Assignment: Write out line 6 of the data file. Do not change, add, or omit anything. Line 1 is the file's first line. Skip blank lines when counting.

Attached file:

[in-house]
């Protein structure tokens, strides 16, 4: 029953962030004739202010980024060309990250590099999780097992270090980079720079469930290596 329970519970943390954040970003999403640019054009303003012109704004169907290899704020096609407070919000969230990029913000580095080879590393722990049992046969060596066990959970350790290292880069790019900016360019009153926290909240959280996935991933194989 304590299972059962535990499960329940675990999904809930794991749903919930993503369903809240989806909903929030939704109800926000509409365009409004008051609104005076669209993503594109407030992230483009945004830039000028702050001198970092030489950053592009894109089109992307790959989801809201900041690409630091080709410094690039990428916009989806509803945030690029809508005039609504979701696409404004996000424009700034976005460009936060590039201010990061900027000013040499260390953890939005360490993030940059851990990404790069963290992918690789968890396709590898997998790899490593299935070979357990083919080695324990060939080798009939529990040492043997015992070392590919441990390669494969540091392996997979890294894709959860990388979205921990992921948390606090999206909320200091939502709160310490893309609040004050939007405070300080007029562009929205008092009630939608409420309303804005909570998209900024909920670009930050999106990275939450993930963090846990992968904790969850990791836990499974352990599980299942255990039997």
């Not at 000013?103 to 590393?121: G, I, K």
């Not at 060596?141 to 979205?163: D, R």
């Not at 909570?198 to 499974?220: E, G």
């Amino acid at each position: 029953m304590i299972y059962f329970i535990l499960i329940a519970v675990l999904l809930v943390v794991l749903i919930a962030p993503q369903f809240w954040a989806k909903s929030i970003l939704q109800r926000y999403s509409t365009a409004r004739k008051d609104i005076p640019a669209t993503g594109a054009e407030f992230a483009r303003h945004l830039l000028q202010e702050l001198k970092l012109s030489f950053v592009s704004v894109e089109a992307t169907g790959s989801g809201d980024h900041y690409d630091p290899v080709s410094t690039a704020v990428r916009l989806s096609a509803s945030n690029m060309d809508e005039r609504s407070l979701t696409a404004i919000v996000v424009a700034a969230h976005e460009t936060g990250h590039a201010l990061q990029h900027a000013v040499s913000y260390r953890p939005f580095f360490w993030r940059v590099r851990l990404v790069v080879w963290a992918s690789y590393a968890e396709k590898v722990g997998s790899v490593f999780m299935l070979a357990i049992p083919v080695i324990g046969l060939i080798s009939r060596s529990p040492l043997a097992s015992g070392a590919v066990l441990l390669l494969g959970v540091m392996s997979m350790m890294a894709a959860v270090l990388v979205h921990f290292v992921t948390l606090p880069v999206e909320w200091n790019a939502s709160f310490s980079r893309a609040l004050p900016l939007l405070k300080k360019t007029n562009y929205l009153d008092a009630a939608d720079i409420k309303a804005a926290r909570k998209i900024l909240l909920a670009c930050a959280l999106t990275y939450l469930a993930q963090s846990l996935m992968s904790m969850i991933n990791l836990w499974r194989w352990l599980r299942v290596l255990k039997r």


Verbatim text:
């Amino acid at each position: 029953m304590i299972y059962f329970i535990l499960i329940a519970v675990l999904l809930v943390v794991l749903i919930a962030p993503q369903f809240w954040a989806k909903s929030i970003l939704q109800r926000y999403s509409t365009a409004r004739k008051d609104i005076p640019a669209t993503g594109a054009e407030f992230a483009r303003h945004l830039l000028q202010e702050l001198k970092l012109s030489f950053v592009s704004v894109e089109a992307t169907g790959s989801g809201d980024h900041y690409d630091p290899v080709s410094t690039a704020v990428r916009l989806s096609a509803s945030n690029m060309d809508e005039r609504s407070l979701t696409a404004i919000v996000v424009a700034a969230h976005e460009t936060g990250h590039a201010l990061q990029h900027a000013v040499s913000y260390r953890p939005f580095f360490w993030r940059v590099r851990l990404v790069v080879w963290a992918s690789y590393a968890e396709k590898v722990g997998s790899v490593f999780m299935l070979a357990i049992p083919v080695i324990g046969l060939i080798s009939r060596s529990p040492l043997a097992s015992g070392a590919v066990l441990l390669l494969g959970v540091m392996s997979m350790m890294a894709a959860v270090l990388v979205h921990f290292v992921t948390l606090p880069v999206e909320w200091n790019a939502s709160f310490s980079r893309a609040l004050p900016l939007l405070k300080k360019t007029n562009y929205l009153d008092a009630a939608d720079i409420k309303a804005a926290r909570k998209i900024l909240l909920a670009c930050a959280l999106t990275y939450l469930a993930q963090s846990l996935m992968s904790m969850i991933n990791l836990w499974r194989w352990l599980r299942v290596l255990k039997r």